By Guest Contributor Doug Kim | McNair Law Firm
Patent trolls have been coming out from under the bridge in increasingly larger numbers. The following chart illustrates the sharp increase in the number of patent infringement lawsuits filed by patent trolls:
This trend may have just changed. On April 29, 2014, the United States Supreme Court handed down the decision in Octane Fitness LLC v. Icon Health & Fitness Inc., and Highmark Inc. v. Allcare Health Management System Inc. In this pair of cases, one common issue that directly affects patent trolls is the ability to recover attorney fees.
Under prior case law, the recovery of attorney fees was only awarded when:
These were difficult standards to meet, resulting in the rare recovery of attorney fees. Now, however, the standard is to allow the recovery of attorney fees if the case “stands out from others,” a lower standard. Today, one may recover attorney fees if the case is “simply one that stands out from the others with respect to the substantive strength of a party’s litigation position.”
At the core of these two cases is the fee-shifting provision of the patent laws that says that the “court in exceptional cases may award reasonable attorney fees to the prevailing party” [35 U.S.C. § 285]. The question is focused on what is an “exceptional case,” and the tests above are used by the trial judge to determine if the case is “exceptional.”
Another important holding in these cases is that the trial judge’s decision is given deference by the appellate court which, in theory, makes it harder to overturn the trial judge’s determination.
The impact on the patent troll with these holdings is that it is now easier for the trial judge to (a) award attorney fees to the target of the patent troll if the patent troll is engaged in undesirable or abusive behavior, and (b) a determination of attorney fee awards will be harder to change on appeal. This is a step in the right direction to curb the overly aggressive and unsavory behavior of patent trolls and get the patent litigation system back to being a system to legitimately enforce intellectual property rights and not a vehicle for a “stick-up-job.”
These cases could not have happened soon enough for one local business. BMW North America LLC finds itself a victim in a patent infringement suit filed in early May by Antennatech LLC, an organization with all the signs of a patent troll. Antennatech alleges the carmaker is infringing its patents that allegedly protect technology that uses radio frequency antennas to connect a mobile device to a wider communications network.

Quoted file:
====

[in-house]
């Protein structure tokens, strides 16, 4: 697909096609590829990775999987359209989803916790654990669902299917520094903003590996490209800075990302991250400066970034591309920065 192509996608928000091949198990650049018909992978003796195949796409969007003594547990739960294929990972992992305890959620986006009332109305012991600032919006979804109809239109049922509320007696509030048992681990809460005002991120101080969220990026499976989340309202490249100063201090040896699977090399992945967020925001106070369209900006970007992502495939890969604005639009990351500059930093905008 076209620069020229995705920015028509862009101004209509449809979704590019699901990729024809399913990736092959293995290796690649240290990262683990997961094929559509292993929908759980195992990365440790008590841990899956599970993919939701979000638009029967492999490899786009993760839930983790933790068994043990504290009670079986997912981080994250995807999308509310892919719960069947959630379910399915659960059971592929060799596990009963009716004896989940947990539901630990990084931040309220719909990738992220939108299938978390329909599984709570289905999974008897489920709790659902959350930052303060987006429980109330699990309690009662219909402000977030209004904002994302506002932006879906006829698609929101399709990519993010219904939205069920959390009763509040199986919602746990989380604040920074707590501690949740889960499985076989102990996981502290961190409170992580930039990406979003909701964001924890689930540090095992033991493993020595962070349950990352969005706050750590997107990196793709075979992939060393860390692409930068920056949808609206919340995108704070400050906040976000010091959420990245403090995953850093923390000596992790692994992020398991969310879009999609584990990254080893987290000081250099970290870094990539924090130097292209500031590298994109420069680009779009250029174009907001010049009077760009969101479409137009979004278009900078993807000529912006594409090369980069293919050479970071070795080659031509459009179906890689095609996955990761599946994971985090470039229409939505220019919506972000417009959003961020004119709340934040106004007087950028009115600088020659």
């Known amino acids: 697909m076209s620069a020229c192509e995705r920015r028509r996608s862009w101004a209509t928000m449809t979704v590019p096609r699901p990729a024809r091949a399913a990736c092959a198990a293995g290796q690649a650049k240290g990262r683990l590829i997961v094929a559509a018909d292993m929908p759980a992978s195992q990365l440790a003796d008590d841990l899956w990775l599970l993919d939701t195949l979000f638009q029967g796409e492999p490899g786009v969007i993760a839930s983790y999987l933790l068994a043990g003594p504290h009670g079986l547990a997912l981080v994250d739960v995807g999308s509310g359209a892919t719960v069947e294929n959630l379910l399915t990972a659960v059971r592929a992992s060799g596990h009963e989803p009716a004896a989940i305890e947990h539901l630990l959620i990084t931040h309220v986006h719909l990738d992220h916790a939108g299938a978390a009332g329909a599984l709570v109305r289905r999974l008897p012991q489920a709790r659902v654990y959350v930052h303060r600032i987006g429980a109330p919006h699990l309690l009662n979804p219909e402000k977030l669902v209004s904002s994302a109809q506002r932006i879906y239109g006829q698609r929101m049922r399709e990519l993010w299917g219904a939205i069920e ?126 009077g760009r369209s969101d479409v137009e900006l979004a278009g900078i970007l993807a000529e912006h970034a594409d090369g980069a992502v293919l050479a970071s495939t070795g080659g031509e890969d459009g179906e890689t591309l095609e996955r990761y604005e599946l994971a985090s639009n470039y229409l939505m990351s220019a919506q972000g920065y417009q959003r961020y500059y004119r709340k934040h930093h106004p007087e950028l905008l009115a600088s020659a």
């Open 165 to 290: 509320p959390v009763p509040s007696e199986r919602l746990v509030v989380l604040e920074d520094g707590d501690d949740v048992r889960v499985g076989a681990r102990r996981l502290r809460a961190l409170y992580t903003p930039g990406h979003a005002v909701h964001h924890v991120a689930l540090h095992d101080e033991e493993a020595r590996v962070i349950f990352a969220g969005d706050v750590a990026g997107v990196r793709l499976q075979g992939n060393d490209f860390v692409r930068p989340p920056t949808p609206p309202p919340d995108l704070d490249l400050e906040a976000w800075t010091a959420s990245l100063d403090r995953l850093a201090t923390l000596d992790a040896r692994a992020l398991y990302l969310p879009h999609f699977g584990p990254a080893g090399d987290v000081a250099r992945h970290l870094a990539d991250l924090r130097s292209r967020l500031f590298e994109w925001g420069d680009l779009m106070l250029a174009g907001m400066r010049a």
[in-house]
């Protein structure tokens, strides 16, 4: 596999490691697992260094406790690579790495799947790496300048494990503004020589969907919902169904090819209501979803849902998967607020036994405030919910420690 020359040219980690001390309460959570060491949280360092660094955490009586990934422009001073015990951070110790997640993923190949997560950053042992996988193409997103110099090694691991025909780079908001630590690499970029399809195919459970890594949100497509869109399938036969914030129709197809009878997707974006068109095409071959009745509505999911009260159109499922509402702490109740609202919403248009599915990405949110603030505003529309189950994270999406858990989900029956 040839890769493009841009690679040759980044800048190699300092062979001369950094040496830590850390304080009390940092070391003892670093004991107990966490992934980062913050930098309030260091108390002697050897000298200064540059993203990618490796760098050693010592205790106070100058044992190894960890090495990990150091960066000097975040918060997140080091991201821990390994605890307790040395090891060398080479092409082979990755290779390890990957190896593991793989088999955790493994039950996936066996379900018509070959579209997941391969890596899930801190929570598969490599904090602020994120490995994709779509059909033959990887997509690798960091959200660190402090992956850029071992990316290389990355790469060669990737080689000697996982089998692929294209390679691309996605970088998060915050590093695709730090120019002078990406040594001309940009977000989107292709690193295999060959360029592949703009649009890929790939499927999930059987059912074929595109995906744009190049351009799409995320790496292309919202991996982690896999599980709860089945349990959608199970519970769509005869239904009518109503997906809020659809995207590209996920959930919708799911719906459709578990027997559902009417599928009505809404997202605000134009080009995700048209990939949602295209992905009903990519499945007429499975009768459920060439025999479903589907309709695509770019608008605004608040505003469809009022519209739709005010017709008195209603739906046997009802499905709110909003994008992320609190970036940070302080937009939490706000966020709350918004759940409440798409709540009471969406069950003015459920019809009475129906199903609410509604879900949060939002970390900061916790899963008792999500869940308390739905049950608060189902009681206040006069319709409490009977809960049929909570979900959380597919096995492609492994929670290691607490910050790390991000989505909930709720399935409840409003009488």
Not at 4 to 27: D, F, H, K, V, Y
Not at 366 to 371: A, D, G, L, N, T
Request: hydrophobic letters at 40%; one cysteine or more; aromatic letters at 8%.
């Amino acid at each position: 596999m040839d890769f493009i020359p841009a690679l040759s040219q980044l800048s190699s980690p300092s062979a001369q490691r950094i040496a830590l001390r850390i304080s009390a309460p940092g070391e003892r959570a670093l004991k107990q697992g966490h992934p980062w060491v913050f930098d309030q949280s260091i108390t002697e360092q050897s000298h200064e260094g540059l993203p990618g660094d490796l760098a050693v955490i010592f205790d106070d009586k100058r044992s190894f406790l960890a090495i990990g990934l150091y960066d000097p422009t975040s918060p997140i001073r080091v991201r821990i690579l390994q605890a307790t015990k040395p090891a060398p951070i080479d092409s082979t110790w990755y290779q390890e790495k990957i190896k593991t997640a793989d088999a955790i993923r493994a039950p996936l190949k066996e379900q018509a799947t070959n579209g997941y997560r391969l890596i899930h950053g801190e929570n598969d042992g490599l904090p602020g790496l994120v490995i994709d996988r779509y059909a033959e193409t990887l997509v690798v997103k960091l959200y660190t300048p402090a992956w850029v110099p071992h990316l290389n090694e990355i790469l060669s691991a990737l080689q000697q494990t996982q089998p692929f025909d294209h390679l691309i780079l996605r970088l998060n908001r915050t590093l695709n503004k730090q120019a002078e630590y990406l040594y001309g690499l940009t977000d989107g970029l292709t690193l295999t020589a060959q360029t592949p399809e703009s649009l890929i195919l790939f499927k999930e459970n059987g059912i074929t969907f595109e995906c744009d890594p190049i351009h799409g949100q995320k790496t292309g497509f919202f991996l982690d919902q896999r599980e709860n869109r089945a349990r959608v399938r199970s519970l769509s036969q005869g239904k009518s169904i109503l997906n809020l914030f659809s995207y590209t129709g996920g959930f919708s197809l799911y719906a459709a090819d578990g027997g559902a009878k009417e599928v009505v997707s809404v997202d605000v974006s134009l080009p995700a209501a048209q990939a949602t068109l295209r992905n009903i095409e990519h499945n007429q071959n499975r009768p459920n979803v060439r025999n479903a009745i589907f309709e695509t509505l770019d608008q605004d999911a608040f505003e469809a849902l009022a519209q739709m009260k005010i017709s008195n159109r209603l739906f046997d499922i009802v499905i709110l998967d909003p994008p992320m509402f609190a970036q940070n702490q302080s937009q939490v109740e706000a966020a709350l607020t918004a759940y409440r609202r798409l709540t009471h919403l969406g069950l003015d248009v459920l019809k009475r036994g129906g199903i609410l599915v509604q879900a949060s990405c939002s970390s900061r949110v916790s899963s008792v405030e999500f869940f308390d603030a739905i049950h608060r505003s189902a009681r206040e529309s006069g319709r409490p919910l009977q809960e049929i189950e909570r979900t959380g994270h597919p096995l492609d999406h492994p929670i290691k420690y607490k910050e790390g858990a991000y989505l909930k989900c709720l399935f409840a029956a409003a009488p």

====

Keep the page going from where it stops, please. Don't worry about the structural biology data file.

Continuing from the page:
Researching Antennatech reveals little available information on this new company. The Delaware Secretary of State shows that a company called Antennatech LLC was formed Feb. 18, 2014. Its address of 3131 McKinney Ave., Suite 600, Dallas, Texas 75204, is a Meridian Office Business Center; an indicator that Antennatech is renting temporary offices and does not have much in the way of operations. The attorneys representing Antennatech are known to have represented patent trolls in the past. And Antennatech has also sued the following companies – all indicators pointing to a patent troll:
This story is not complete, as there are multiple bills pending in Congress and at the state level that are targeting patent trolls – bills that include fee shifting, forced identification of the real party bringing the lawsuit, a requirement of detailed pre-filing investigation, detailed explanation of alleged infringement and more. While these bills have very recently stalled in the Senate, (postponed four times in April), Sen. Charles Schumer (D-N.Y.), supporter of patent reform and member of the Judiciary Committee, has stated that the bills would have to be presented by the end of May to get a vote in 2014. Given that August vacation is only weeks away, the window is quickly closing. Chairman of the Judiciary Committee Patrick Leahy (D-Vt.) states that the opposition is principally the fee-shifting provisions where the losing party would have to pay the winner’s court fees.